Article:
• The company only has one more launch to complete before it obtains the capacity to enable its ‘Five to 50’ service of offering internet connectivity to all regions north of 50 degrees latitude. 

What is OneWeb?

  • OneWeb is a global communications company that aims to deliver broadband satellite Internet around the world through its fleet of LEO satellites. 
  • In 2010, the company declared bankruptcy but was able to resume operations following an inflow of investment from a consortium consisting of the UK Government, Hughes Communication, Sunil Mittal’s Bharti Global Limited, SoftBank and Eutelsat, a leading European satellite operator.

LEO technology

  • LEO satellites have been orbiting the planet since the 1990s, providing companies and individuals with various communication services
  • LEO satellites are positioned around 500km-2000km from earth, compared to stationary orbit satellites which are approximately 36,000km away. 
  • Latency, or the time needed for data to be sent and received, is contingent on proximity. 
  • As LEO satellites orbit closer to the earth, they are able to provide stronger signals and faster speeds than traditional fixed-satellite systems. 
  • Additionally, because signals travel faster through space than through fibre-optic cables, they also have the potential to rival if not exceed existing ground-based networks.
  • However, LEO satellites travel at a speed of 27,000 kph and complete a full circuit of the planet in 90-120 minutes. As a result, individual satellites can only make direct contact with a land transmitter for a short period of time thus requiring massive LEO satellite fleets and consequently, a significant capital investment.
  • Due to these costs, of the three mediums of Internet – fibre, spectrum and satellite – the latter is the most expensive.
  • Therefore, LEO satellite broadband is only preferable in areas that cannot be reached by fibre and spectrum services. OneWeb’s target market will therefore be rural populations and military units operating away from urban areas.

Did You Know?

  • Google launched its ‘Loon’ project in 2013, using high-altitude balloons to create an aerial wireless network. After testing the service in rural Kenya, Google’s parent company, Alphabet, abandoned the project in 2021.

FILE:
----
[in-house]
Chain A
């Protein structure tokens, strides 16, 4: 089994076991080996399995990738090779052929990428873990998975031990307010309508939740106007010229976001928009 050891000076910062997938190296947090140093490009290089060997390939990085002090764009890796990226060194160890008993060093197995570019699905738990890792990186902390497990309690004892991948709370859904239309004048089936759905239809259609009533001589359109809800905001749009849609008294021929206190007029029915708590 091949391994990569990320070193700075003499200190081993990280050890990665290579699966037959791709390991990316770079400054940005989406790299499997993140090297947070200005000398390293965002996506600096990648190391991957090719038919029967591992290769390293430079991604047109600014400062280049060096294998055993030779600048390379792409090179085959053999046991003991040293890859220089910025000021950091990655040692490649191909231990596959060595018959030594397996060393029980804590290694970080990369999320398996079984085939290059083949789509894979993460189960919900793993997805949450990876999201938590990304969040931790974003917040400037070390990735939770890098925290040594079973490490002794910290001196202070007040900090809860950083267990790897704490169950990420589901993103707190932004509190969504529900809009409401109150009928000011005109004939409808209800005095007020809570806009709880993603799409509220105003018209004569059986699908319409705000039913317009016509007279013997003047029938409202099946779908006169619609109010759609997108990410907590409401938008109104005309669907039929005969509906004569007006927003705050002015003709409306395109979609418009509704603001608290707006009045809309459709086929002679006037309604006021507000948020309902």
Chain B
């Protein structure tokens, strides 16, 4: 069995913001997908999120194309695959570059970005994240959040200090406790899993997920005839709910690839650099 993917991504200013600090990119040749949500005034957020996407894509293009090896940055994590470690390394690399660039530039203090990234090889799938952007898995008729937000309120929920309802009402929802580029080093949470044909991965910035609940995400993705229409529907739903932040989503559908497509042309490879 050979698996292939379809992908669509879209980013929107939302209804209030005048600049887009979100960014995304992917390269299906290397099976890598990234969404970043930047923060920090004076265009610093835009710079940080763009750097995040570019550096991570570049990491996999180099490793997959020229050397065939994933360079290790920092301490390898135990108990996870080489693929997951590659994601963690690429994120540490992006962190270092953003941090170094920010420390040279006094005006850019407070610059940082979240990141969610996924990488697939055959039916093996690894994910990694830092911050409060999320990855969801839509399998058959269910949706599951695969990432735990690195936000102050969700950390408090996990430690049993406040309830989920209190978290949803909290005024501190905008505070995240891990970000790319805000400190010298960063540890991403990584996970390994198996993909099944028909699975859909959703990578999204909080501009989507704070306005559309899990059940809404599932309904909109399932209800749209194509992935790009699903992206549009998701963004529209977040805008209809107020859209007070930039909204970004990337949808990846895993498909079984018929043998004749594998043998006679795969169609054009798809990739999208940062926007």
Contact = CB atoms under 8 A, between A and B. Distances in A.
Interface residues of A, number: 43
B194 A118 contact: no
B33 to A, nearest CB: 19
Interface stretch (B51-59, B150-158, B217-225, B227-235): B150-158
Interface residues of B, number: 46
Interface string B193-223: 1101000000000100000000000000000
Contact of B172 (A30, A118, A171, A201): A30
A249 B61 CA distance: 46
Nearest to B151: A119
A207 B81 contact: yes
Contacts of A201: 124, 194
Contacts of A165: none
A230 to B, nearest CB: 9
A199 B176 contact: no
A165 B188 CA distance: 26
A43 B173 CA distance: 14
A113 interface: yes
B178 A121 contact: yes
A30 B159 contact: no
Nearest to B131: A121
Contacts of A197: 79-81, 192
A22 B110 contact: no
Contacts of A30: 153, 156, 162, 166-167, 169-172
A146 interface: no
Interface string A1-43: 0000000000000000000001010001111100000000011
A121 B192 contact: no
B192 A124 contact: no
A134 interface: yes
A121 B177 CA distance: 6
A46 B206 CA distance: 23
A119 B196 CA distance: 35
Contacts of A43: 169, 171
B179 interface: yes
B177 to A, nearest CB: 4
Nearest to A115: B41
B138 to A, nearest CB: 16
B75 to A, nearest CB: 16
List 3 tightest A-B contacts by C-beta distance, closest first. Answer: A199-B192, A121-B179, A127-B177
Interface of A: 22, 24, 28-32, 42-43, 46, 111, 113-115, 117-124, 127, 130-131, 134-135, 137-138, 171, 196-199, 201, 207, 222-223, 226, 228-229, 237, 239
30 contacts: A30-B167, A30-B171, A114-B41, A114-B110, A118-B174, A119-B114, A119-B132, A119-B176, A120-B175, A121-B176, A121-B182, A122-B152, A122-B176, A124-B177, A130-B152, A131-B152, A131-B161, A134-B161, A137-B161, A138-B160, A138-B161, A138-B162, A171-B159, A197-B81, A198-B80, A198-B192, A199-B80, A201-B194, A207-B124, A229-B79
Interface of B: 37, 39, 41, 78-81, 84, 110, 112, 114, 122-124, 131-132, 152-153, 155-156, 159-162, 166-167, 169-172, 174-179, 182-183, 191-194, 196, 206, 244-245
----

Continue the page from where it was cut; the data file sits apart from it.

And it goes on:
• Taking a different track, Facebook attempted to beam internet down to earth using drones. However, after two failed test flights, it also abandoned the project in 2018.
  • Over 70% of rural Indians do not have access to the Internet, a problem that is particularly worrisome given the increasing need for digital integration in the fields of education and banking in light of the pandemic.

Concerns of Leo Technology

  • Complexity due to multiple players: OneWeb satellites are produced in the US, its rockets are made and launched in Russia and its launches are facilitated by a company based out of France. Due to multiple stakeholders involved, the regulatory framework will be complicated 
  • Regulation of Space activities: Also, there is confusion on who dictates activities in space. This is because, today, the balance of power has shifted from countries to companies. 
  • There are logistical challenges with launching thousands of satellites into space as well. 
  • Difficulties for astronomers: Satellites can sometimes be seen in the night skies which creates difficulties for astronomers as the satellites reflect sunlight to earth, leaving streaks across images. 
  • Frequency interruption: Satellites travelling at a lower orbit can also interrupt the frequency of those orbiting above them, an accusation that has been levelled against Starlink satellites already. 
  • Increased space junk & dangers of collision: Another worry is that there are already almost 1 million objects larger than 1cm in diameter in orbit, a byproduct of decades of space activities. Those objects, colloquially referred to as ‘space junk,’ have the potential to damage spacecrafts or collide with other satellites.
  • High Cost: While companies like OneWeb and Starlink have marketed themselves to rural Indian consumers, given their price points it is unlikely that most rural Indians will be able to afford their services.

Connecting the dots:


Model questions: (You can now post your answers in comment section)


  • Correct answers of today’s questions will be provided in next day’s DNA section. Kindly refer to it and update your answers.
  • Comments Up-voted by IASbaba are also the “correct answers”.

Q.1 Coronavirus Variant found in India will be called which of the following in new WHO system?

  1. Alpha
  2. Beta
  3. Gamma 
  4. Delta 

Q.2 Which of the following is not a member of Shanghai Cooperation Organization?

  1. China
  2. Tajikistan
  3. India
  4. Japan 

Q.3 Consider the following statements regarding Mahatma Gandhi National Rural Employment Guarantee Act 

  1. It is an initiative launched for both urban and rural areas
  2. It guarantees 200 days of wage employment.

Which of the above is or are correct? 

  1. 1 only 
  2. 2 only 
  3. Both 1 and 2 
  4. Neither 1 nor 2 


3 C

Must Read

On Global Minimum Alternate Tax:

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About fiscal situation of India:

Indian Express